(Sport Waitakere, which supports sport in West Auckland, is a member of the Association)

The Forum was the sole opportunity for the NSCS Project Team to present a regional workshop this year, owing to COVID-19 restrictions on gatherings. Reflecting on the workshop, Mick Coultard said, “when data is in front of people it takes away the assumption and opens great opportunities for exploration.” The NSCS Project Team looks forward to presenting further insights from the 2021 survey early in the New Year.

You can download the slides from the workshop, by clicking here.

Sport New Zealand Provides My Vaccine Pass Guidelines ...

Businesses, event organisers, and organisations (such as sport clubs) can choose to legally require visitors or customers, participants and supporters to show evidence that they have received two COVID-19 vaccinations through "My Vaccine Pass". Sport New Zealand has provided its guidance in this regard, which can be found here.

Upper Hutt City Keeps Facilities Open To All ...

As one example of how local authorities are responding to central government’s COVID-19 Public Health Response (COVID-19 Vaccination Certificate) Order 2021, Upper Hutt City Council has decided that it does not require vaccine passes to be shown at most of its public facilities. “There were two key factors that drove our thinking” says Upper Hutt City Council’s Chief Executive, Peter Kelly. “The accessibility and equity considerations for all of the community, and the vaccination coverage within our community and the rest of the region.”

(Upper Hutt City Council, with a population approaching 50,000 is a member of the Association)

Public spaces like the city’s parks and playgrounds have no vaccine pass requirements, but the Council is encouraging its residents and visitors to follow public health guidelines. Sporting and club events will follow the guidelines put in place by organisers like Sport New Zealand. A review will take place on 17 December, with another planned for January.

(Maidstone Park in Upper Hutt City is a popular community sport venue)

From The Archives ...




“Chess players, as well as followers of more athletic sports, may object to the classification of chess as a sport; but if it is agreed that one of the essentials of a sport is a test of skill, there can be no doubt of the claims of chess for inclusion on this ground. If chess is a sport, it occupies a unique position in the sporting world: there is no distinction between professionals and amateurs; chess, more than any other sport, demands constant reading and study of the aspiring player; and players of all ages from 15 to 75 can compete on equal terms.

The leading chess player in New Zealand at present is Ortvin Sarapu, an Estonian, a player of international standing. Sarapu has not devoted all his leisure to playing and studying chess, for he is a competent performer in several other sports. As a jumper he has cleared his own height - 5ft 6in - and has competed in other field events. Last season he was a member of the Rex A grade basketball team, an achievement for a man of his height. In Estonia he was a keen skier and took part in the national championships.”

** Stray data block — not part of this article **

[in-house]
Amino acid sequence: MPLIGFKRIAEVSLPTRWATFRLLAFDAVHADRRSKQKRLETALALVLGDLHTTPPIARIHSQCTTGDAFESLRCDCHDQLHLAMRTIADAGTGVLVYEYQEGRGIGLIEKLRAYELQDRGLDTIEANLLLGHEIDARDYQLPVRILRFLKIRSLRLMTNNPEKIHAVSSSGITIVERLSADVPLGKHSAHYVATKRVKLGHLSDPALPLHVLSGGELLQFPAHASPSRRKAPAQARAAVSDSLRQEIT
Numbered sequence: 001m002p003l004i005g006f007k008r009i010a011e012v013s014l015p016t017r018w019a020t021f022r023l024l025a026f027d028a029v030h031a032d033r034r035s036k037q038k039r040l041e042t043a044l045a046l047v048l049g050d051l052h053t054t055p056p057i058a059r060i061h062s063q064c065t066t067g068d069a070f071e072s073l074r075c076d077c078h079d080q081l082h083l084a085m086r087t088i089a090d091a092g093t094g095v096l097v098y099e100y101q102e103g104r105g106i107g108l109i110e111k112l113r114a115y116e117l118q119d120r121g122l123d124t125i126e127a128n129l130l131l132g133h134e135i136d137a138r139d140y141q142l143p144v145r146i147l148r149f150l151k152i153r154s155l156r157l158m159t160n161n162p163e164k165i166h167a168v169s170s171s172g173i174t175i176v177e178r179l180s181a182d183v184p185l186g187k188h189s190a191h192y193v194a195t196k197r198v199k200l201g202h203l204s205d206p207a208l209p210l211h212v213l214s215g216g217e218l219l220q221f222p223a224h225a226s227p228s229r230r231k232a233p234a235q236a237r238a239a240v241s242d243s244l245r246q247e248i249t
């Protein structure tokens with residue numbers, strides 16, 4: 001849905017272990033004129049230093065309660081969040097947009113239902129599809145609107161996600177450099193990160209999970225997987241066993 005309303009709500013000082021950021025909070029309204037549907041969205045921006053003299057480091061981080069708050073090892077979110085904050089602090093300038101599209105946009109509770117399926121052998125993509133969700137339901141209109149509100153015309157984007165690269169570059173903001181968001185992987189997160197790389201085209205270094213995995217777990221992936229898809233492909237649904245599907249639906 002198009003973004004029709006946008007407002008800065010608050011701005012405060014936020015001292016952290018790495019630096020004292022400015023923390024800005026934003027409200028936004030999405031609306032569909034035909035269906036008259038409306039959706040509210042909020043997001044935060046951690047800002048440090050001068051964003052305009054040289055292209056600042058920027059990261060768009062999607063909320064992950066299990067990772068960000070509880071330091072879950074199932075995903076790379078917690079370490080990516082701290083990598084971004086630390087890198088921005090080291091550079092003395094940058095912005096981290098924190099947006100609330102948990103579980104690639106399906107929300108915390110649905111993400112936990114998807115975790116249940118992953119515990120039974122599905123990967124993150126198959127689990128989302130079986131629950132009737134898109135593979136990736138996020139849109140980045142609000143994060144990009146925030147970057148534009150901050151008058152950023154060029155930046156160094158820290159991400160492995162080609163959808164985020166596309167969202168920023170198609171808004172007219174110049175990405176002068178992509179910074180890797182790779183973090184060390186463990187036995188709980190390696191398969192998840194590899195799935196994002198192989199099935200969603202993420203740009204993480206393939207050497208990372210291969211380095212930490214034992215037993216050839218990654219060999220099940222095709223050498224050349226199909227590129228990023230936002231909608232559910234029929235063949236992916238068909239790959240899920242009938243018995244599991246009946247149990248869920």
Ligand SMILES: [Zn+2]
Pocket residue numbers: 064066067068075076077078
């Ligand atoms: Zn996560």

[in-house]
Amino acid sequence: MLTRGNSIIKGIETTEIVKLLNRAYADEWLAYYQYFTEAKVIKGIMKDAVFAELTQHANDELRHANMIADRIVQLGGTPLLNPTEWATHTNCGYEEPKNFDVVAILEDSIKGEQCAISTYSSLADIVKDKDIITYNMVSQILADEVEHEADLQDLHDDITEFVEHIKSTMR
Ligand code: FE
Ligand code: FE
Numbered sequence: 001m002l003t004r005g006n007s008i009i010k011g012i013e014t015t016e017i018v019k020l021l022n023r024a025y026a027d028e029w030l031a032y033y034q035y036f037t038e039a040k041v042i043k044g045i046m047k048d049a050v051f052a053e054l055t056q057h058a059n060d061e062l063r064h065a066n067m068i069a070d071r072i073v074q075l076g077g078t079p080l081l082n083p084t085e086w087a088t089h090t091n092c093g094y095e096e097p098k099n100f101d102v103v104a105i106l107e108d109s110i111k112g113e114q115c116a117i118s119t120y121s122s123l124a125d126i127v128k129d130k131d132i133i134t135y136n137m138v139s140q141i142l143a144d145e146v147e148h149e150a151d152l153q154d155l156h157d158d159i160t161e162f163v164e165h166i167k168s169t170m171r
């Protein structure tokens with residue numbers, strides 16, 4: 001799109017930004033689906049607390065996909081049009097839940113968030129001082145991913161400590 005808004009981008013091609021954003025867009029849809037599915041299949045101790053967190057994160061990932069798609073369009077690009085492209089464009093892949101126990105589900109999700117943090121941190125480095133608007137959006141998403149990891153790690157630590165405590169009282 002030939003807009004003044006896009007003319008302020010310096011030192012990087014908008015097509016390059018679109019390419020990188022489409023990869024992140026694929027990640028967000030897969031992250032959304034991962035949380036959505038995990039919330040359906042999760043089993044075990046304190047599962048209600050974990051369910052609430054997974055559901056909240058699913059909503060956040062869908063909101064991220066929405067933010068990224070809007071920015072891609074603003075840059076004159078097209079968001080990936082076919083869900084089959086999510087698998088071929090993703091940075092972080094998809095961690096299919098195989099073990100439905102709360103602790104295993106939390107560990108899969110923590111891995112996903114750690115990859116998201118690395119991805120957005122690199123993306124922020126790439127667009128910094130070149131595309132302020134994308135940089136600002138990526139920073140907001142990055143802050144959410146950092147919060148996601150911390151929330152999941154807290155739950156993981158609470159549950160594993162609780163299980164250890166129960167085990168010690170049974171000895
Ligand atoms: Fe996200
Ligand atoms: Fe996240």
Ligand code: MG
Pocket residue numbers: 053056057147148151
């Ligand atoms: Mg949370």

(Ortvin Sarapu, standing, at the 1960 Pacific Zone Chess Championships)

Ortvin Sarapu (known in New Zealand as “Mr Chess”), was born on 21 January 1924 in Narva, Estonia. He learned the game of chess at the age of eight and in a few years progressed from being champion of his school to becoming junior champion of Estonia. Sarapu’s European record also included the Danish championship and the “lightning championship” of Copenhagen.

On winning a displaced persons' tournament (following World War 2) he was invited to play in a major tournament in Germany in 1949. In this event he was placed fourth, the field including some of the world's leading players, including New Zealand’s Robert Wade who suggested Sarapu emigrate to New Zealand. Sarapu emigrated to New Zealand with his wife Ursula Lotte Maria Barbara (nee Bialonczyk) in 1950 and they were both naturalised in 1955.

(Ortivin Sarapu was New Zealand’s second chess “International Master”)

Sarapu won or shared the New Zealand Chess Championship 20 times from 1952 to 1990. FIDE (the International Chess Federation) awarded Sarapu the “International Master” title in 1966. Though he had to work as an upholsterer to earn a living, he represented New Zealand at ten Chess Olympiads. He was an exponent of “simultaneous chess” where he would play a number of games simultaneously against different opponents. As photographed below, in 1960 he played 38 different opponents simultaneously at the Canterbury Chess Club, winning 30 matches, losing 3, with 5 matches resulting in a draw.

(Sarapu was an exponent of “simultaneous chess”, defeating multiple opponents at a time)

In the 1980 Queen's Birthday Honours, Sarapu was appointed a Member of the Order of the British Empire, for "services to chess". A sporting all-rounder, Ortvin Sarapu died in 1999 at the age of 75. He has a memorial in the Manukau Memorial Gardens, in Auckland.

Editor's Note: This past week, Magnus Carlsen (Norway) retained the chess world championship, winning an 11 match series against Ian Nepomniachtch (Russia).

The Final Word …

“Ngā Mihi O Te Kirihimete Me Te Tau Hou.”

© New Zealand Amateur Sport Association Inc. (2669211), 2017

Registered Office, Level 1, 57 Willis Street, Wellington, 6011

P O Box 582, Wellington, 6140

If you no longer wish to receive these emails please click here to unsubscribe.